In the olden days, people famously crumbled herb into brownie batter and baked it up, yielding what you would call pot brownies. But here’s what I soon realized: You might as well just blitz up some hundred-dollar bills in the food processor and add it to the batter because if that’s your preferred method for cooking with herb, you’re doing it wrong. We’re in the 21st century, and there are better ways. Think infusing weed into butter, coconut oil, or olive oil, or “decarbing” ground herb in a warm oven to activate the THC. When you infuse the herb in hot fat, it is decarbing at the same time—meaning you’re turning on the THC by heating it and removing a carbon atom from the chemical composition of the cannabis. Oven-dried herb (which is also decarbed) can be used as a spice blend or to infuse vanilla extract or alcohol.
Cooking with herb is FUN times, but there is also great responsibility required—infusing butter with herb (or oil, alcohol, or even spices, for that matter) is a time-intensive and pricey process. Depending on where you live, the price of a quarter ounce of weed can vary from the cost of a high-end pizza to the cost of a high-end dinner, so there’s no fucking up allowed. Plus, while there is no evidence of anyone ever overdosing on cannabis, people can ingest too much—and the last thing I want is to send your dinner guests on a horrid-awful trip into the multiverse. Unlike alcohol, orally ingested cannabis takes many hours (sometimes up to 12 or longer) to get out of your system, so a bad experience can be a long-lasting one.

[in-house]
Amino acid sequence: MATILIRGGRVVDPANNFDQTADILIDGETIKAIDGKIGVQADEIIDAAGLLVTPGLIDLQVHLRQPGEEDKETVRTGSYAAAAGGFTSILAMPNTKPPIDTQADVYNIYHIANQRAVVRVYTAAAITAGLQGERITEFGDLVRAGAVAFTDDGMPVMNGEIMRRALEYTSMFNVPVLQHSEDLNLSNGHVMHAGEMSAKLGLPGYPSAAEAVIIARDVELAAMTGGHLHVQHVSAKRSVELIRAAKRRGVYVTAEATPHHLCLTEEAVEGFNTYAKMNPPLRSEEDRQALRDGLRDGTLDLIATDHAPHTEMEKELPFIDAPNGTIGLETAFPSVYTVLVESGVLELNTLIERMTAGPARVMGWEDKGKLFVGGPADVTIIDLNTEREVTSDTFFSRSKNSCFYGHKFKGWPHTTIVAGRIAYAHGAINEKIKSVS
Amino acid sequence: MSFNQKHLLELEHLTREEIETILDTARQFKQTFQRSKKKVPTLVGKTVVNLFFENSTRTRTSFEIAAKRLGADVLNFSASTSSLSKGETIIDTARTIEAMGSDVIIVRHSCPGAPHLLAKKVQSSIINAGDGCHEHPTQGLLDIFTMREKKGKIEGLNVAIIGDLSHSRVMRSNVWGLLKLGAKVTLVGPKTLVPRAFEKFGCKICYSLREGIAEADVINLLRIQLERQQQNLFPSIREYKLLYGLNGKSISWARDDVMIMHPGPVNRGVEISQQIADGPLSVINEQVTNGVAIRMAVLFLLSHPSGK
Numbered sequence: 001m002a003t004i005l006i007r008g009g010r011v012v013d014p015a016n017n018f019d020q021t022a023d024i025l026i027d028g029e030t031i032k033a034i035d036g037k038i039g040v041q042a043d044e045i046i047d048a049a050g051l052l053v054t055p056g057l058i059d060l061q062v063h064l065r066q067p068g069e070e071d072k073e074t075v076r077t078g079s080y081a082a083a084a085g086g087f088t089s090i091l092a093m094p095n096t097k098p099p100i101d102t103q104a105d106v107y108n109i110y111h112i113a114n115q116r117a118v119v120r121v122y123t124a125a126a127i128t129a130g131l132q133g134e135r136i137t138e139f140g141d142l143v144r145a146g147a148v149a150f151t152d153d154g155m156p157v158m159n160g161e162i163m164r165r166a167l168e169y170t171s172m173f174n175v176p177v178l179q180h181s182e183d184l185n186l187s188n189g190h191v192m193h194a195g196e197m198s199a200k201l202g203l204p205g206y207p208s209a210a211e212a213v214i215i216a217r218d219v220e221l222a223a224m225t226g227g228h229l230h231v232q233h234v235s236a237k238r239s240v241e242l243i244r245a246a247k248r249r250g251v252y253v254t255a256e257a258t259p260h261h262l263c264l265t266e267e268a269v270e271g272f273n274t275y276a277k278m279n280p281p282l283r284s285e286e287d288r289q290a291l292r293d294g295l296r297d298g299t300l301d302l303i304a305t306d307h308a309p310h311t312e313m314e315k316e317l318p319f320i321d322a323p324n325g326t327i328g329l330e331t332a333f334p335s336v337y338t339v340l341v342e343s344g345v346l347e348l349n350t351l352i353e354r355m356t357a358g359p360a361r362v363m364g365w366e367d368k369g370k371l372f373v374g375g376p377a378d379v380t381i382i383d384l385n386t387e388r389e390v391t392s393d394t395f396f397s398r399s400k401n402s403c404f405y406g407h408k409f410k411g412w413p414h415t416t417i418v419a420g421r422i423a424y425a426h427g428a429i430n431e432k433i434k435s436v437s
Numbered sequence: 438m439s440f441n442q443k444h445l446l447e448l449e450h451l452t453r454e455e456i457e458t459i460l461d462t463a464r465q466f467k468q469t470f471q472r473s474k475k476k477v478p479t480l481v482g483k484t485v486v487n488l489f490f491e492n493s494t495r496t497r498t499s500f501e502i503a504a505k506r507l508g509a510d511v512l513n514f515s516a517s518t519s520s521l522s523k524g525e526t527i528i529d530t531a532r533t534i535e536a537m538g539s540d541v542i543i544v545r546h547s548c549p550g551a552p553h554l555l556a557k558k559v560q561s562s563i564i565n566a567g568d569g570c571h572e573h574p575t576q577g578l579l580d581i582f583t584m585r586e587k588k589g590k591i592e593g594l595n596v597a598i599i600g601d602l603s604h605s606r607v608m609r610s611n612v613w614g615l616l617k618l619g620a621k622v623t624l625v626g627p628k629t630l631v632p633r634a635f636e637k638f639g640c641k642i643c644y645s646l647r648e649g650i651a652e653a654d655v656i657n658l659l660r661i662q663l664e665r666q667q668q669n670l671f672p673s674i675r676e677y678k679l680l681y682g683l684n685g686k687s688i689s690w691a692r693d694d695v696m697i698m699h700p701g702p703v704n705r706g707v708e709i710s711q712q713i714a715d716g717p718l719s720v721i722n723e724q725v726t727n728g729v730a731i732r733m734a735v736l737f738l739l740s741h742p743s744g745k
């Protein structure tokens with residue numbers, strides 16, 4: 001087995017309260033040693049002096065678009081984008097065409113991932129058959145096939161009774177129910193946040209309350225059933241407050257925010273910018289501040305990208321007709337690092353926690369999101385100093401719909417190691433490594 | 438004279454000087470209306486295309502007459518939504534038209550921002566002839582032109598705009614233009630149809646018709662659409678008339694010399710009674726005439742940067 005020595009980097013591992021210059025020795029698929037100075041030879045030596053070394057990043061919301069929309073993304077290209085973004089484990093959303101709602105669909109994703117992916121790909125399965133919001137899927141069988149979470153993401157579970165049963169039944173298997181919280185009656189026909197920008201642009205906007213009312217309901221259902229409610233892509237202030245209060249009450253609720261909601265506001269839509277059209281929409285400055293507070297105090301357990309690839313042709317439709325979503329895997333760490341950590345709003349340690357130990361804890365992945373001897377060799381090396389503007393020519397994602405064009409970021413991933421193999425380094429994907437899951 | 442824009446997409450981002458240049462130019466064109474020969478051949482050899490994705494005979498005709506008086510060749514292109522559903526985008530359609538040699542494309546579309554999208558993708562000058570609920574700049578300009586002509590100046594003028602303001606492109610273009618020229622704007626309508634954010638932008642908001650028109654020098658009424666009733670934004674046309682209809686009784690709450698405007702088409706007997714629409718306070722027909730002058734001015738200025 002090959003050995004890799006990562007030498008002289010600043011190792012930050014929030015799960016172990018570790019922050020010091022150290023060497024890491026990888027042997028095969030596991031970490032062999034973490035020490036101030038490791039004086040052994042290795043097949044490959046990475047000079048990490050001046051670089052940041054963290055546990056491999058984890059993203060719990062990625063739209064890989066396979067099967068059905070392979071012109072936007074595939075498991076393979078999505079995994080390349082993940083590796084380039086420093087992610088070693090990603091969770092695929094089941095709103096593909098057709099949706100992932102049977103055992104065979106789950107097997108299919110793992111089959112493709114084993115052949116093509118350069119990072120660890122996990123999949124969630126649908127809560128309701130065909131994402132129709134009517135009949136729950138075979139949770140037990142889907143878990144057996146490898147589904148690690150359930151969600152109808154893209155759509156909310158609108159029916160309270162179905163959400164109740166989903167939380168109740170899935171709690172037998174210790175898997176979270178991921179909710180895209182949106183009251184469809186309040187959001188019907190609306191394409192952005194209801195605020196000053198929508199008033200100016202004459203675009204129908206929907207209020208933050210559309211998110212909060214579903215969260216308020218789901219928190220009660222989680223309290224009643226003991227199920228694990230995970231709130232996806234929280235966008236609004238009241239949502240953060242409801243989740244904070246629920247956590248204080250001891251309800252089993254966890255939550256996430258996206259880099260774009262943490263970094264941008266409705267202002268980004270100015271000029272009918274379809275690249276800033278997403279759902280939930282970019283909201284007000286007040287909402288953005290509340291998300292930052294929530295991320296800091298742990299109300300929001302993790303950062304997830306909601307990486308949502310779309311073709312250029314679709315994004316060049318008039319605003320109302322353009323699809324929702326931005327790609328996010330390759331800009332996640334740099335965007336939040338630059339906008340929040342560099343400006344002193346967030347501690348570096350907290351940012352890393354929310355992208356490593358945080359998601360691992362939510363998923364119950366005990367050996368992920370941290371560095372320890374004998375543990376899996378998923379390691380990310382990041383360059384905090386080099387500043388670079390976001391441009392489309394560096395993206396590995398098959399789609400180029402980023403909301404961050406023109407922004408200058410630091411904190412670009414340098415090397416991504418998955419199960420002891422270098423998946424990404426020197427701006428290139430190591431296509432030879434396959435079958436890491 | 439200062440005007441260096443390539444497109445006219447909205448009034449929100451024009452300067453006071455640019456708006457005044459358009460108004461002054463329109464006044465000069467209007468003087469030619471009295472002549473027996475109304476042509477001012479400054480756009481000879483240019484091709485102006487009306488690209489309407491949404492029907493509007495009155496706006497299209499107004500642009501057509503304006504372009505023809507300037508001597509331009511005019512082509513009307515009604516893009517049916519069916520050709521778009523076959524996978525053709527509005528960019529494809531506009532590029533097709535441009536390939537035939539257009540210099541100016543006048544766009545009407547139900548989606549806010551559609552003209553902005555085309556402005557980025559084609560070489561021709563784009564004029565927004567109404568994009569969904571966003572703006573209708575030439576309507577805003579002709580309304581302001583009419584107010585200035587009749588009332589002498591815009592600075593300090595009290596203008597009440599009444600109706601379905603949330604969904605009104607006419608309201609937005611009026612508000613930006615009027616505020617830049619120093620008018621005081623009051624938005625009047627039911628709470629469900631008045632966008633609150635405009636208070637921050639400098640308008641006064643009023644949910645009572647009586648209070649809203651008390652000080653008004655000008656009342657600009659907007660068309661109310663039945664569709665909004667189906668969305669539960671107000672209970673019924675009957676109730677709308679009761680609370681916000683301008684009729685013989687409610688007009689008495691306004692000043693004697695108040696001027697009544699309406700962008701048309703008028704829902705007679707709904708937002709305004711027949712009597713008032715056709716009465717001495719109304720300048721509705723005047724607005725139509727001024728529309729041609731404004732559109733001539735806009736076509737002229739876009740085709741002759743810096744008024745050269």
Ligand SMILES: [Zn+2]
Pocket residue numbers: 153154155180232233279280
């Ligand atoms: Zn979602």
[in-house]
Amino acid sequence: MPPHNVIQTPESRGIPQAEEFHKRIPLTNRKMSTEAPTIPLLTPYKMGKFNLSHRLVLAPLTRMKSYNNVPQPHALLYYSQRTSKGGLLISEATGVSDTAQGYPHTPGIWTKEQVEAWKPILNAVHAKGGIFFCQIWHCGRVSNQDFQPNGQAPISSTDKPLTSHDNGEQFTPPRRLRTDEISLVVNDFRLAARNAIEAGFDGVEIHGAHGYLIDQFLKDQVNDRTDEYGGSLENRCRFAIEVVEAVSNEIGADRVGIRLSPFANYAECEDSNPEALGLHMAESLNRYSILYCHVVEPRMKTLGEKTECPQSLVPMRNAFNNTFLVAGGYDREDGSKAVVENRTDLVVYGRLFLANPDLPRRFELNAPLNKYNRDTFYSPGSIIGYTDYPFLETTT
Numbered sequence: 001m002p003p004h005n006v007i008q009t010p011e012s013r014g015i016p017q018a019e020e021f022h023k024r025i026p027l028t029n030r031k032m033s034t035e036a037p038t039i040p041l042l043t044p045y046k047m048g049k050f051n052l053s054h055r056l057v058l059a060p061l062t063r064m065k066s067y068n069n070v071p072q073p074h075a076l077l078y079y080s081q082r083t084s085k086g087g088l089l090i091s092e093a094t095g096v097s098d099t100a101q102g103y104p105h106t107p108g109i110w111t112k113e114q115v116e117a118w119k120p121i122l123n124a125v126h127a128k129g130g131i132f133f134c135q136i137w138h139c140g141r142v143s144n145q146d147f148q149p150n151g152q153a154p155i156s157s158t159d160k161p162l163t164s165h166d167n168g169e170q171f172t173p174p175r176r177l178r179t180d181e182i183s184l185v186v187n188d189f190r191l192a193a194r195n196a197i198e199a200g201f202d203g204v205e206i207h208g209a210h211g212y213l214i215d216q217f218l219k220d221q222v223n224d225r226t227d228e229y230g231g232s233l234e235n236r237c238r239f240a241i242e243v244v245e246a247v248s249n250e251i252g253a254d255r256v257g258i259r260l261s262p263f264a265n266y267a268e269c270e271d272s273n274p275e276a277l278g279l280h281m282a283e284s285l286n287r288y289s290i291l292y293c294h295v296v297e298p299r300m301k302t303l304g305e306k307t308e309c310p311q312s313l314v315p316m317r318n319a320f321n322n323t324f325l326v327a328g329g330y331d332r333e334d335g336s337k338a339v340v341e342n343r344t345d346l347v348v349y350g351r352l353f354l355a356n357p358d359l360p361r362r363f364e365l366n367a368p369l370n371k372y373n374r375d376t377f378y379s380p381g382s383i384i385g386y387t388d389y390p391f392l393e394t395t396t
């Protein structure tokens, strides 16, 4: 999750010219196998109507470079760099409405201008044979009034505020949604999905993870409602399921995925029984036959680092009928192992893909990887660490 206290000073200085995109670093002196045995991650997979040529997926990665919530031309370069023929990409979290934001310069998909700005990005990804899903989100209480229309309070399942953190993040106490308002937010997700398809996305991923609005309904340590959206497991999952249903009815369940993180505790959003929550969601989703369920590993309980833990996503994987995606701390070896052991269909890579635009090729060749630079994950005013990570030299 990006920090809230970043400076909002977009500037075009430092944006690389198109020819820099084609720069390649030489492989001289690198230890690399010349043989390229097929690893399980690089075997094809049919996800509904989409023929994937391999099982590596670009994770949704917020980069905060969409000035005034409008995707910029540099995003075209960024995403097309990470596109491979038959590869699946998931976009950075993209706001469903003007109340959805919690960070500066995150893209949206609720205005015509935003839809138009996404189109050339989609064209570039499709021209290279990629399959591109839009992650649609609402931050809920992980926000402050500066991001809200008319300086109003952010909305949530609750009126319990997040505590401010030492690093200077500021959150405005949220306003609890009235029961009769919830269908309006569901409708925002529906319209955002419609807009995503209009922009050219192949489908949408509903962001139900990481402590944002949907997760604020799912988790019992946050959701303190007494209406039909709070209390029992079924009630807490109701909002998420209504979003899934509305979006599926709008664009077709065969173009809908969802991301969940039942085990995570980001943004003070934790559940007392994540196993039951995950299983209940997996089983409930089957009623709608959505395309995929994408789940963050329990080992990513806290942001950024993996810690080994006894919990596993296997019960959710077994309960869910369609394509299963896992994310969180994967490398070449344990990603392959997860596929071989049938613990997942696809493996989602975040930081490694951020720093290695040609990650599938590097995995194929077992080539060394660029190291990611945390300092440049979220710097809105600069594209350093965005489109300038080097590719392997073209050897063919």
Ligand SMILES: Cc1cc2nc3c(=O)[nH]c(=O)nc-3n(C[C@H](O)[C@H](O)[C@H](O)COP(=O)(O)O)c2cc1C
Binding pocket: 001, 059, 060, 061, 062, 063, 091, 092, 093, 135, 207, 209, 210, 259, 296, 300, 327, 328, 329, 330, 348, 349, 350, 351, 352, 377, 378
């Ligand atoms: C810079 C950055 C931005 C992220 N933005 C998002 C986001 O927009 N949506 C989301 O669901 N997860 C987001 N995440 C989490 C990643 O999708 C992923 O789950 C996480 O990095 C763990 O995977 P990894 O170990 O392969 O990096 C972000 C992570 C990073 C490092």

I wish I could say I came up with the drop-dead, end-all method for infusing butter (or oil) with herb, but until the day when someone heads into a lab and pays a lot of money to find out which technique extracts the most THC from herb, it’s all a bit of a guesstimate. The best way to find out how strong your cannabutter/cannaoil/cannaspice is, really, is to eat your experiments. The recipes in Cooking With Herb were all devised to offer 5 mg of THC per serving—that’s a modest amount (for perspective, in Washington state, the legal limit of a single serving of THC in store-bought edibles is 10 mg per serving).
Like alcohol, depending on your tolerance for herb and a bunch of other factors (your metabolism, what you ate that day, whether you’re male or female, etc.), the potency of the serving can hit you hard or soft. It’s best to start with one serving, wait an hour or so, then eat more or hold off as you like. We are entering into a blind-faith zone, so modest dosing is the way to go, and it’s really about the most control you can hope for when dipping into the world of home-spiked foods.
At the end of my Portland testing stint, MJ invited a houseful of people over for a potluck. I cooked a ton of food from the book, most laced with THC (but it’s also important to have non-THC-dosed foods, like nuts, cheeses and dips so no one gets rocked out of their skull). I’ve got to say, it was a great party. Guests ranged from 22 to 75 years old, and they all had the most interesting, witty, hysterical things to say. Everyone was happy and laughing and smiling, and the room was absolutely brimming with positive vibes.
Cooking with herb isn’t about getting stupid stoned. Eating herb-spiked food is something to do with friends, with food that’s delicious and even healthy (no, it’s not all about brownies and cookies and gummies!). It’s about opening your spirit, feeling elevated, receptive and blissful, and, as Cedella might say, it’s about generating an overstanding about your connection to the earth and one another. It’s also about having a really good time and eating some great food while you’re at it.